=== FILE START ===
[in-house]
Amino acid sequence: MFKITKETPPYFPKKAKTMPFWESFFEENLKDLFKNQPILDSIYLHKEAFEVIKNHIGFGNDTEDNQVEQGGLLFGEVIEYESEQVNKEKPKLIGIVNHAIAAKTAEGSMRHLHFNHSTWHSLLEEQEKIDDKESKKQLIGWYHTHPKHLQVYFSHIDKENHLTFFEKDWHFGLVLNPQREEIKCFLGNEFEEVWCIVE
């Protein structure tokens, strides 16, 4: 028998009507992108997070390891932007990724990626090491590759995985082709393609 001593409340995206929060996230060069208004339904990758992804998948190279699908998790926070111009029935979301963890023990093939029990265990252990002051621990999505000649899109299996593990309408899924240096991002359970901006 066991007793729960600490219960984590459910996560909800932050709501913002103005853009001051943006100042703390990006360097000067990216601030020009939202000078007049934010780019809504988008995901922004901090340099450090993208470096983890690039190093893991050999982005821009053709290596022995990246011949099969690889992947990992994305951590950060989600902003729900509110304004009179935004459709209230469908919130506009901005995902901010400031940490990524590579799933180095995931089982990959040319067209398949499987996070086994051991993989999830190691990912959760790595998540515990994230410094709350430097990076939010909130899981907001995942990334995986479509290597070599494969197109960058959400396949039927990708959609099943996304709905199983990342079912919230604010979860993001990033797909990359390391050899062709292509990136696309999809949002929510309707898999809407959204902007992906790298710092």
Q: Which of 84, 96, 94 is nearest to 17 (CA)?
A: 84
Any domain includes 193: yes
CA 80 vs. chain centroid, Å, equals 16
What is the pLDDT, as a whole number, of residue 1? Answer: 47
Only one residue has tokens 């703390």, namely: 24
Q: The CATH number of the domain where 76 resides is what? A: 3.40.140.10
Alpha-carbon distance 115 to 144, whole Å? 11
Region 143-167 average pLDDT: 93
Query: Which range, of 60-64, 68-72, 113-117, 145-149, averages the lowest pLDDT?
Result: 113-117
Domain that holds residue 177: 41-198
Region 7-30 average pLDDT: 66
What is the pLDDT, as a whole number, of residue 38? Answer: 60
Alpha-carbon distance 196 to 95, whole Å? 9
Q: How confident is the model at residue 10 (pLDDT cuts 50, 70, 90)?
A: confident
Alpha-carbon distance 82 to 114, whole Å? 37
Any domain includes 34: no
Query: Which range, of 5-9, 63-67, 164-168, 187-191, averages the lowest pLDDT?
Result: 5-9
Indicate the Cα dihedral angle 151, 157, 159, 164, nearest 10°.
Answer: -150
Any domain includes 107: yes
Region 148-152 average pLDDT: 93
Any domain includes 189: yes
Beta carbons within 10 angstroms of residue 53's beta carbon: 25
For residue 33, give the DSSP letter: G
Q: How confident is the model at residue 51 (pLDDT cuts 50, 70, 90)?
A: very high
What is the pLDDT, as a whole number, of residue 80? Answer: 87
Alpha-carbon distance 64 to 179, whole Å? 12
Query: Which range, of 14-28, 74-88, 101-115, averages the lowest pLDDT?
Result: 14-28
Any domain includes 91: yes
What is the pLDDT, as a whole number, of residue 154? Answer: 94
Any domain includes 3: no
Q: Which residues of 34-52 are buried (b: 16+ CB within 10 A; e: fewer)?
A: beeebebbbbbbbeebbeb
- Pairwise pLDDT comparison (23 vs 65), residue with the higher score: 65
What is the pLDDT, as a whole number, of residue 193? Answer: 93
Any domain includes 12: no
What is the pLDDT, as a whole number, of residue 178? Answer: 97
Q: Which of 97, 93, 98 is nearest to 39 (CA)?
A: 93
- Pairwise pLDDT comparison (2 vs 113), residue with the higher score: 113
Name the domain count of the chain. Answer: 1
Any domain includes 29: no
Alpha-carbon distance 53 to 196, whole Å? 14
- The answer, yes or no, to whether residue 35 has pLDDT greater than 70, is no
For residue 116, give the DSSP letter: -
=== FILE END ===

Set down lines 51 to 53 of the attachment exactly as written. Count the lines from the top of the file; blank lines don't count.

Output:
Any domain includes 29: no
Alpha-carbon distance 53 to 196, whole Å? 14
- The answer, yes or no, to whether residue 35 has pLDDT greater than 70, is no